Looped in Love: Carlie Fairburn brings harmony to Tel Aviv

When I was in my twenties, I started up again, taking voice lessons and singing.

By ARIEL HENDELMAN
October 7, 2014 21:32
3 minute read.
CARLIE FAIRBURN

CARLIE FAIRBURN. (photo credit: ALEXANDER KINIK)

Carlie Fairburn is not your typical singer/songwriter.

With the help of her musician husband, Yosi Chopen, her music incorporates everything from xylophones to didgeridoos, transcending genre. On October 11, Fairburn and Chopen will bring their sublime sound to Suzanne Dellal in Tel Aviv for an exclusive performance of new and old material. With live looping and Carlie’s distinct firey vocals, they’re putting heart and soul into every song.

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How did you initially get into music?

Growing up in Avalon, Australia, I sang in the choir in school until I was 12. The choir teacher really loved me; she used to give me all these special parts and solos. Then when I was 12 or 13, I moved and stopped singing.

But when I was in my twenties, I started up again, taking voice lessons and singing. Then, I went to India and brought a little mp3 player with me, and there I kind of taught myself the guitar and started really singing. I wrote my first song and it snowballed from there. It was called “Dragonfly.”

I had been trying to write a lot before that, but it just never came together until then. That first song came to me, as all my songs have afterwards, as kind of a download from the heavens.

Who are your musical influences? When I was growing up, I listened to a lot of Tracy Chapman and Natalie Merchant. Then, as I got older, I discovered Joni Mitchell, Leonard Cohen and Bob Dylan. They probably influenced me more with their storytelling.



These days, I really love Bon Iver and Nick Drake.

Your music is very transcendent. Can you talk about all the different sounds and instruments that you incorporate?

I had a wonderful band in Tel Aviv that I played with for a couple of years. Then, I discovered that I had nodules on my vocal chords and I had to stop singing for a while. That was a really crazy time. When I was ready to sing again, maybe a year-and-a-half later, I was no longer living in Tel Aviv, I was living where I am now in the north. So I was far from my former band members at that point. Then, Yosi and I were in India, and I discovered that I was pregnant. So I was far from the band and I was pregnant.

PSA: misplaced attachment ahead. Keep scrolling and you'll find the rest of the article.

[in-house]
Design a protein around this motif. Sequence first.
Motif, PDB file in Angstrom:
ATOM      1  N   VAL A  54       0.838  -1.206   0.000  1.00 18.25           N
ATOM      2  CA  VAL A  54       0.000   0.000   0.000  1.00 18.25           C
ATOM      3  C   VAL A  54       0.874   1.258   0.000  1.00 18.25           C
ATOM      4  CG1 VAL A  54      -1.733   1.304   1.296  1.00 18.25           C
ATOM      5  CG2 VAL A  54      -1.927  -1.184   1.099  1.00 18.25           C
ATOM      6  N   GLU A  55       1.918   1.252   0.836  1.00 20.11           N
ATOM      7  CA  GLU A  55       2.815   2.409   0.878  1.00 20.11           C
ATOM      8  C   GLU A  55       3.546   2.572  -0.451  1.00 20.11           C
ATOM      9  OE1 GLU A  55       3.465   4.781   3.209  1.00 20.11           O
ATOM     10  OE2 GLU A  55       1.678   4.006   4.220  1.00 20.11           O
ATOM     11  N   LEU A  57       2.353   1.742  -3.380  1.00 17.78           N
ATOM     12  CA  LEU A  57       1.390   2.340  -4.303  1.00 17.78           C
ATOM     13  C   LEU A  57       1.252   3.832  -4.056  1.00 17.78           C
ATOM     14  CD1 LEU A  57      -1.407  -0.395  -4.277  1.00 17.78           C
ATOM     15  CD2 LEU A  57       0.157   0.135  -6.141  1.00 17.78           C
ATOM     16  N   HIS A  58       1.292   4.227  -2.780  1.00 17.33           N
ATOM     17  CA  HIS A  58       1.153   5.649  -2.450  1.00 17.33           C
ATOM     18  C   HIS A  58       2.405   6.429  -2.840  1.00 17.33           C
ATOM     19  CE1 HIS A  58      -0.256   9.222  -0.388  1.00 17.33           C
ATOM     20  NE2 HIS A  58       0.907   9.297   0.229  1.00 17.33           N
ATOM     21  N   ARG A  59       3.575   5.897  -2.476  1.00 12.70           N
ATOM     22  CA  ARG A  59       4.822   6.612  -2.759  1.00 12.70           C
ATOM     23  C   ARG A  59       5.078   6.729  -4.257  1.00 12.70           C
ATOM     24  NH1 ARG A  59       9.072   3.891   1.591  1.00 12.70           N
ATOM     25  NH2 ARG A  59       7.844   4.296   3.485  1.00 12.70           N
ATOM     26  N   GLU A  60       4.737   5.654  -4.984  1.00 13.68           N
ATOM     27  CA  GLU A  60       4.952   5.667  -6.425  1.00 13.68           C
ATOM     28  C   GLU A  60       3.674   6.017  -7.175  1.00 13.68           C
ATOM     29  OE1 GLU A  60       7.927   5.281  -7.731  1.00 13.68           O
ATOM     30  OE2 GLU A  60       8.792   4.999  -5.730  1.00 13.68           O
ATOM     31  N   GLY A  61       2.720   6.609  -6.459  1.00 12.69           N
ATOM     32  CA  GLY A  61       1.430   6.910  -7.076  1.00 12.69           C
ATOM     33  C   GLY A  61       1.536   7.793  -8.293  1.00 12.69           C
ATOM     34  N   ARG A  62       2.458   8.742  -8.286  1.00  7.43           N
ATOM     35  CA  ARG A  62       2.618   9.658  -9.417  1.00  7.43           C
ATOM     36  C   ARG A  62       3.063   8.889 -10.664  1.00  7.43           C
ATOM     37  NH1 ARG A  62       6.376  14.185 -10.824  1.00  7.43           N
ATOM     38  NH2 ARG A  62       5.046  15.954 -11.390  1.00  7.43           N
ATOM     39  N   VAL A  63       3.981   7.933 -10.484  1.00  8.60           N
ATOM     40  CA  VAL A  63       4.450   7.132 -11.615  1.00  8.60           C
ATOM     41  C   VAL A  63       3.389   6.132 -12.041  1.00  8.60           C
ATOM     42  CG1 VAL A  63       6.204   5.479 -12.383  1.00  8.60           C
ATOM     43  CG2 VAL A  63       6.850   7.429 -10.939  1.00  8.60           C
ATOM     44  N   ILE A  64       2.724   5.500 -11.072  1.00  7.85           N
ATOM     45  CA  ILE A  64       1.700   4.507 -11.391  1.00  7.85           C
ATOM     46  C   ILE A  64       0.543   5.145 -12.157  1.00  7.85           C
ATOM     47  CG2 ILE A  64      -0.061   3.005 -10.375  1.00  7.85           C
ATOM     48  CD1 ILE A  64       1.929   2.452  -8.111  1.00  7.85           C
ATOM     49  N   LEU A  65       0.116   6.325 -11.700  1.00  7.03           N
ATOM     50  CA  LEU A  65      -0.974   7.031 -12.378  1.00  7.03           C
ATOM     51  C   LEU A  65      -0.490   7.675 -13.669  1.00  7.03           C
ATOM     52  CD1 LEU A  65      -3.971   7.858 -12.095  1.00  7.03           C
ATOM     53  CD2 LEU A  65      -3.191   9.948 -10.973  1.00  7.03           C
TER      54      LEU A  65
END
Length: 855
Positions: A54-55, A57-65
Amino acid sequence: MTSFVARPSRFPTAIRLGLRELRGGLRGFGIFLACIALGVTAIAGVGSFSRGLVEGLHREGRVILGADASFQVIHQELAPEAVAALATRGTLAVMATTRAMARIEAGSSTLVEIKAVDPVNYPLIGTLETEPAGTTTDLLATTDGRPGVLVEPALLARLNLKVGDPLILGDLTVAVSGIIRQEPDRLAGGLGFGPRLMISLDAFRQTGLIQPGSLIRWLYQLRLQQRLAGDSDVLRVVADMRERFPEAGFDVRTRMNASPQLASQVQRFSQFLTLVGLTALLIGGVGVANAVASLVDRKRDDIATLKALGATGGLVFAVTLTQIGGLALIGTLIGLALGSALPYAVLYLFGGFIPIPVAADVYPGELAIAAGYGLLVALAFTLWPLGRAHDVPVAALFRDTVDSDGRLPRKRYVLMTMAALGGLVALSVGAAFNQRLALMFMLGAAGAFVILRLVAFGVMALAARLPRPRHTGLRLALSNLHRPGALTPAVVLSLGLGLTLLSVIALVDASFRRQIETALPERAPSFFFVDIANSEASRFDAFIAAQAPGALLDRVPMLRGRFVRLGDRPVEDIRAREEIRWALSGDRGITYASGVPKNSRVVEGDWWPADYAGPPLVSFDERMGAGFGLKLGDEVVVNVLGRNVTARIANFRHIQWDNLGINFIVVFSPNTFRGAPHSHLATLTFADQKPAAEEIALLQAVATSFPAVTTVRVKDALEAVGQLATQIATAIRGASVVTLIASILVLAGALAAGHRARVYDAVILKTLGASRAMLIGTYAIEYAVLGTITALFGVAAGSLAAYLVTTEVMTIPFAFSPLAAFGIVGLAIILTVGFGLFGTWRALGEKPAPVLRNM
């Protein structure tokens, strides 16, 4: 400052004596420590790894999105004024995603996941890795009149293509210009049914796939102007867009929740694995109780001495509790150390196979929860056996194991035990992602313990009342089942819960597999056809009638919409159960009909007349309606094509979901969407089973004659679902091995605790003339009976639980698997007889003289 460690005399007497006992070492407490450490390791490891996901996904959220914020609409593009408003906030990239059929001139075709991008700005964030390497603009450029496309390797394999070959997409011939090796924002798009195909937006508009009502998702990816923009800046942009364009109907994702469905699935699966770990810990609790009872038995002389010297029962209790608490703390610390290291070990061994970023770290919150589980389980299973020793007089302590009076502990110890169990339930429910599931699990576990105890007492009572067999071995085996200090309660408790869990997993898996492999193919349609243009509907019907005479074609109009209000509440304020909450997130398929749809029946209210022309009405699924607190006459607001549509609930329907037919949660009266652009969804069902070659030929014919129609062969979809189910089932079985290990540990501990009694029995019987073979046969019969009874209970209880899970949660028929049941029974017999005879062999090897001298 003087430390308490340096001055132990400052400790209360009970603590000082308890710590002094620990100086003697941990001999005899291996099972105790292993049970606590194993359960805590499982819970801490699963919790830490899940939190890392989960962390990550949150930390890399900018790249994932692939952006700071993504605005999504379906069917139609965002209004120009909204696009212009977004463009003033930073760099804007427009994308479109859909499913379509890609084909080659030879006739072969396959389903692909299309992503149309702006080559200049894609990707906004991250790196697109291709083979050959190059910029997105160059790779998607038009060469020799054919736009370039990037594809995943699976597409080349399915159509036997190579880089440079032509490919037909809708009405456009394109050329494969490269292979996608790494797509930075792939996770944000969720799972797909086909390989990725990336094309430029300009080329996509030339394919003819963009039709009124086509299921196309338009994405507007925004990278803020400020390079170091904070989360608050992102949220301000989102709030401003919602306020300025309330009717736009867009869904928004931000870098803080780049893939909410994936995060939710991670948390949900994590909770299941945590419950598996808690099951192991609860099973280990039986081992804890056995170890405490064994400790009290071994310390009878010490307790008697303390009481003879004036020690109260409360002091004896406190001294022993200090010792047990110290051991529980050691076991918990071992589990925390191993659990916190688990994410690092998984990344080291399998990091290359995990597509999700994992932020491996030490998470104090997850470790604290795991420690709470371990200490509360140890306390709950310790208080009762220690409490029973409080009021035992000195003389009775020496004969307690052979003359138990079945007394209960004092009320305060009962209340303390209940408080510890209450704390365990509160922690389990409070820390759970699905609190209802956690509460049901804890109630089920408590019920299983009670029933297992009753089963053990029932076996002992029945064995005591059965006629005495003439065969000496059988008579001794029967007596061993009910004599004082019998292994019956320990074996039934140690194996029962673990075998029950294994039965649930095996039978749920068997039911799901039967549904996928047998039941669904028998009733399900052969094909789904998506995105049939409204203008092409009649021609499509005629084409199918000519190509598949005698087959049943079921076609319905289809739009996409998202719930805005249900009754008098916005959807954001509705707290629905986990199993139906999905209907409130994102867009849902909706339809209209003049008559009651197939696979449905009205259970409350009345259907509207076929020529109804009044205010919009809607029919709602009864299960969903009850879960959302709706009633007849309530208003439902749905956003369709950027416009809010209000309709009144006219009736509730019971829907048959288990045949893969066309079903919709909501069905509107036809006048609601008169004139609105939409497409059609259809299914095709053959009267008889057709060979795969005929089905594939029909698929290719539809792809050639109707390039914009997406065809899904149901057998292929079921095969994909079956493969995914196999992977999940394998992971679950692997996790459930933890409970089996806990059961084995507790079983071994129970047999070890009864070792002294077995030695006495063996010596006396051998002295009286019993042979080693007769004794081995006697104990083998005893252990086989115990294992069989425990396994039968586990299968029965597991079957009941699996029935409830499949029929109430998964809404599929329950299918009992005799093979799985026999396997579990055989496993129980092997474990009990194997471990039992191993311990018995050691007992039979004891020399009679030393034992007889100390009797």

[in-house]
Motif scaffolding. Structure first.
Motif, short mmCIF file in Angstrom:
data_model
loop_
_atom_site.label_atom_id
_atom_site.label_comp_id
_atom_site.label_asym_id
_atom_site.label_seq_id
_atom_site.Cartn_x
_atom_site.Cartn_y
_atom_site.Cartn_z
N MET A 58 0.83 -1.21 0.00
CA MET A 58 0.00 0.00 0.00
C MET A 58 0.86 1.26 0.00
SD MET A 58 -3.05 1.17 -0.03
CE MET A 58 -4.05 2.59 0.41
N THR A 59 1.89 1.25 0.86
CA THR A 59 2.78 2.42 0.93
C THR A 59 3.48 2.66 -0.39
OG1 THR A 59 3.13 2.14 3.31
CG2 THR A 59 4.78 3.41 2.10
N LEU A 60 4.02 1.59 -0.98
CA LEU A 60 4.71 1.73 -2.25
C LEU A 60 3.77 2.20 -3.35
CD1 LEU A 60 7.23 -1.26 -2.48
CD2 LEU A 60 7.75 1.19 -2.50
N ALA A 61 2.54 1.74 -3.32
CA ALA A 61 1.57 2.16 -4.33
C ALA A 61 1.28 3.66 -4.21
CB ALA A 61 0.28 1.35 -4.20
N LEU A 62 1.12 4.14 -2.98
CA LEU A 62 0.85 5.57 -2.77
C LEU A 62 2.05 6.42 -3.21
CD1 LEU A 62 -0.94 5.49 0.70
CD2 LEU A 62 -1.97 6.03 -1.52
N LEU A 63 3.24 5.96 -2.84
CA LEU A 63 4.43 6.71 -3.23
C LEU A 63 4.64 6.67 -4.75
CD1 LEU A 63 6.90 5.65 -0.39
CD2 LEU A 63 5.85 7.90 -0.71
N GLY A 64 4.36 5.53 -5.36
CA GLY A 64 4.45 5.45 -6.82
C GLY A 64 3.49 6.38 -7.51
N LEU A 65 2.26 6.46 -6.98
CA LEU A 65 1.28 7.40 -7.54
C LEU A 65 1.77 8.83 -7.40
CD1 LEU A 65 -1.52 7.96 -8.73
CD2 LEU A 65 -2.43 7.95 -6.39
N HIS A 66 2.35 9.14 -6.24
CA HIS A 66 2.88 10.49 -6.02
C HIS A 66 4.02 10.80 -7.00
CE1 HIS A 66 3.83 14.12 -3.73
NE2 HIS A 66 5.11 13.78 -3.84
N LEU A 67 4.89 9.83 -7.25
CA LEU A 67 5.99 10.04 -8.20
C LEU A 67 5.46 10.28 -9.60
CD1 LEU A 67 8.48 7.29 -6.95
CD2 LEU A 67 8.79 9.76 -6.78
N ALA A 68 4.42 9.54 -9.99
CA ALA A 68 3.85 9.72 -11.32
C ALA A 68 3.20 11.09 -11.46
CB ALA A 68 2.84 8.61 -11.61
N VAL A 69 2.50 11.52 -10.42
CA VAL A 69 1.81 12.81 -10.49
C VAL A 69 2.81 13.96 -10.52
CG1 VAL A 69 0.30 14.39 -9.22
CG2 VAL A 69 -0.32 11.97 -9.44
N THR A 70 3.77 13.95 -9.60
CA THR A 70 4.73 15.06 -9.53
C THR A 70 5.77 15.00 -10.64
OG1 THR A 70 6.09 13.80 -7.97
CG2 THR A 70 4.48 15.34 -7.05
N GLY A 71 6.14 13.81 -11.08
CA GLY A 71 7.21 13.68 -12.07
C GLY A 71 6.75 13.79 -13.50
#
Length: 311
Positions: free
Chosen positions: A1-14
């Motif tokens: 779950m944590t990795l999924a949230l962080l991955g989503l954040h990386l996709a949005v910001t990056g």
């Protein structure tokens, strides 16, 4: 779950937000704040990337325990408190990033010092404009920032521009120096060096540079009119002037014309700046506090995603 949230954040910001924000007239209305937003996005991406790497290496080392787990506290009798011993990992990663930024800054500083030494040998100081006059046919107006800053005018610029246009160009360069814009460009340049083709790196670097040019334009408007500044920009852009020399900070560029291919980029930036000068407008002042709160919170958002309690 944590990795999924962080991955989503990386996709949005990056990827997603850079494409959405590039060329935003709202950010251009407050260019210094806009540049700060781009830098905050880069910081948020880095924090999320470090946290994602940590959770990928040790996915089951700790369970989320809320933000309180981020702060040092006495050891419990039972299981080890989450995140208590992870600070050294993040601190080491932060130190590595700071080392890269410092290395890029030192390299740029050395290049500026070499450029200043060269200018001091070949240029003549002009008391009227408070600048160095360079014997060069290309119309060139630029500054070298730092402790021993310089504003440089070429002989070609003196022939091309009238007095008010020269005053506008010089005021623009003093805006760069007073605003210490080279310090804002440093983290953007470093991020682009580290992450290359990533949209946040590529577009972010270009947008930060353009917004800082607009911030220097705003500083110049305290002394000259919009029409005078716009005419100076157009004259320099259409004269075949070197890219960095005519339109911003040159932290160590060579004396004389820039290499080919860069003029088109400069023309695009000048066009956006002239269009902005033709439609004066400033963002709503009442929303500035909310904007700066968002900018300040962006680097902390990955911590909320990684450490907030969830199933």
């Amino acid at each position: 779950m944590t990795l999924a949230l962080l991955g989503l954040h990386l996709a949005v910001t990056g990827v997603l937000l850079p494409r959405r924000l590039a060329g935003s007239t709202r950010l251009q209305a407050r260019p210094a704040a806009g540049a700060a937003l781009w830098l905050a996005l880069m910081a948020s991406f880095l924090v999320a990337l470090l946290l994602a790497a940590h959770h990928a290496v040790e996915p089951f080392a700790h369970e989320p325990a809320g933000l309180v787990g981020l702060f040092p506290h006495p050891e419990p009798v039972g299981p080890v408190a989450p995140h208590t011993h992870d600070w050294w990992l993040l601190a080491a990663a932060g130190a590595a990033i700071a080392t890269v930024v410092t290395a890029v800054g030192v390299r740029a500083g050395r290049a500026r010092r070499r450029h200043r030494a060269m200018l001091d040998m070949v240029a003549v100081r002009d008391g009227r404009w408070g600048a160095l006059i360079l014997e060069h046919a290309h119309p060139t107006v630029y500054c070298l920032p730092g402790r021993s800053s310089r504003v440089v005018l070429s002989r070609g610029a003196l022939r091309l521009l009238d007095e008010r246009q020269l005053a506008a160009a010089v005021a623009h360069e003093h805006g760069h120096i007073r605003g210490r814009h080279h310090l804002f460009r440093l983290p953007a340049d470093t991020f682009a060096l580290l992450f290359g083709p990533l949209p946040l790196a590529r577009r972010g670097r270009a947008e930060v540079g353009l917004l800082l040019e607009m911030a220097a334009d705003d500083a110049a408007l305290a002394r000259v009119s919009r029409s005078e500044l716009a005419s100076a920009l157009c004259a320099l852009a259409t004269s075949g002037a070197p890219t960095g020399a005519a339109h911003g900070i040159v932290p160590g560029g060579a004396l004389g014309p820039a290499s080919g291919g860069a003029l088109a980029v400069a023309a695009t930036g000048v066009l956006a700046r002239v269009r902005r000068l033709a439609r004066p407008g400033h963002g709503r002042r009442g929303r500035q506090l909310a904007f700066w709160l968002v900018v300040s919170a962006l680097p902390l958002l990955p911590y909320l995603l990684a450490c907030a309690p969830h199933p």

I wondered what we were going to do, and Yossi suggested that maybe we could play together.

We had never performed on stage together before, but we thought we would try. Yosi is a sound man; he studied sound here in Israel.

So we came back from India and bought a loop station and started playing around to see what we could do. Slowly, we started picking up instruments that were around our house.

Yosi plays the didgeridoo, and I picked up a flute that I hadn’t played for years. We started adding what we had around; a tambourine, shakers, clapping sticks that a friend gave us. We eventually incorporated the xylophone that we had bought for our daughter. We practiced every day for about three months. When our daughter was first born, we would practice as soon as she would go to sleep and we sounded terrible in the beginning because working with the loop station is hard at first.

Yosi was really patient in teaching himself how to use it and it really paid off because now he’s amazing.

Are you and Yosi working on anything new at the moment?

We just filmed out first clip that’s not live; our first music video. It’s for a new song called “Ayla.” We’ve been filming it this past week and now it’s going into the editing process. We have a lot of really amazing live clips, but this has a story and I’m really excited about it. I hope it will be ready in the next couple months.

We’re also starting to record new material, and we want to gather it together for an EP.

What’s your future dream collaboration?

Collaborating with Jose Gonzalez or Ray Lamontagne would be a beautiful dream come true.

Also, I would love to collaborate with Nakho Bear, who I sang with in a healing music festival in Israel. That was an amazing experience because he was so welcoming, and he held me (metaphorically) and made me feel that I was very much a part of his journey, which was very special and beautiful.

To purchase tickets for Fairburn’s show, visit http://www.suzannedellal.org.il/?CategoryID=171&ArticleID= 1406.


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